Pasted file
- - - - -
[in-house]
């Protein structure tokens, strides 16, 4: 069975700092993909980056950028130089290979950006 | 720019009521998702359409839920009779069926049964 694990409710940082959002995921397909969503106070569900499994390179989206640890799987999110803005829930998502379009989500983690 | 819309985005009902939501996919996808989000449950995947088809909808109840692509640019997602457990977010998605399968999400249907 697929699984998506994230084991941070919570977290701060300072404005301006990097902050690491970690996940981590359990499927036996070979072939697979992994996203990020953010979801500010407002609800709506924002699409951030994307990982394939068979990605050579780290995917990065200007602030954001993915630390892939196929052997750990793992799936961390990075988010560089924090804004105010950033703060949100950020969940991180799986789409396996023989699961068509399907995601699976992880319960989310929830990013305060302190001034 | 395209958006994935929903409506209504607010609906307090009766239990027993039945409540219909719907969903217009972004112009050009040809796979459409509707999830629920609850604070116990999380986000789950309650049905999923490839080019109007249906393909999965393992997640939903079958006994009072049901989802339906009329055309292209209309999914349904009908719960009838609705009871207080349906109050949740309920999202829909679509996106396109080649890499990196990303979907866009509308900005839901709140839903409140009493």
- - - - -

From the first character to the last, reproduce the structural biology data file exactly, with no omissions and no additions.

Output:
[in-house]
């Protein structure tokens, strides 16, 4: 069975700092993909980056950028130089290979950006 | 720019009521998702359409839920009779069926049964 694990409710940082959002995921397909969503106070569900499994390179989206640890799987999110803005829930998502379009989500983690 | 819309985005009902939501996919996808989000449950995947088809909808109840692509640019997602457990977010998605399968999400249907 697929699984998506994230084991941070919570977290701060300072404005301006990097902050690491970690996940981590359990499927036996070979072939697979992994996203990020953010979801500010407002609800709506924002699409951030994307990982394939068979990605050579780290995917990065200007602030954001993915630390892939196929052997750990793992799936961390990075988010560089924090804004105010950033703060949100950020969940991180799986789409396996023989699961068509399907995601699976992880319960989310929830990013305060302190001034 | 395209958006994935929903409506209504607010609906307090009766239990027993039945409540219909719907969903217009972004112009050009040809796979459409509707999830629920609850604070116990999380986000789950309650049905999923490839080019109007249906393909999965393992997640939903079958006994009072049901989802339906009329055309292209209309999914349904009908719960009838609705009871207080349906109050949740309920999202829909679509996106396109080649890499990196990303979907866009509308900005839901709140839903409140009493």